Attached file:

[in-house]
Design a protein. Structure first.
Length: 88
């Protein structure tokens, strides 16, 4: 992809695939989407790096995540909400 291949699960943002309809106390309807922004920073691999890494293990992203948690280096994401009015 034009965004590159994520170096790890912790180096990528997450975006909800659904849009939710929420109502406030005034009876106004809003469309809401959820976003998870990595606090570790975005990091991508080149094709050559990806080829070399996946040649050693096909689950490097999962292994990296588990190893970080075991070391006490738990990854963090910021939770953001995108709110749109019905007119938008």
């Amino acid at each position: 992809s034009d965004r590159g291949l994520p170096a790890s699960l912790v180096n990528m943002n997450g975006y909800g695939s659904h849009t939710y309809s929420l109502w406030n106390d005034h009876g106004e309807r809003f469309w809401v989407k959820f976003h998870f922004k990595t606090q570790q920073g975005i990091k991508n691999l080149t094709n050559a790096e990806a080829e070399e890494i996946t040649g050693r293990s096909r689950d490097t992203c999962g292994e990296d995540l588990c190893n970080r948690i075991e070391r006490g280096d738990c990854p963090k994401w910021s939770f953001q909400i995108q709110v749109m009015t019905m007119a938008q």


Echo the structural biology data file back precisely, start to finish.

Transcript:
[in-house]
Design a protein. Structure first.
Length: 88
């Protein structure tokens, strides 16, 4: 992809695939989407790096995540909400 291949699960943002309809106390309807922004920073691999890494293990992203948690280096994401009015 034009965004590159994520170096790890912790180096990528997450975006909800659904849009939710929420109502406030005034009876106004809003469309809401959820976003998870990595606090570790975005990091991508080149094709050559990806080829070399996946040649050693096909689950490097999962292994990296588990190893970080075991070391006490738990990854963090910021939770953001995108709110749109019905007119938008």
């Amino acid at each position: 992809s034009d965004r590159g291949l994520p170096a790890s699960l912790v180096n990528m943002n997450g975006y909800g695939s659904h849009t939710y309809s929420l109502w406030n106390d005034h009876g106004e309807r809003f469309w809401v989407k959820f976003h998870f922004k990595t606090q570790q920073g975005i990091k991508n691999l080149t094709n050559a790096e990806a080829e070399e890494i996946t040649g050693r293990s096909r689950d490097t992203c999962g292994e990296d995540l588990c190893n970080r948690i075991e070391r006490g280096d738990c990854p963090k994401w910021s939770f953001q909400i995108q709110v749109m009015t019905m007119a938008q």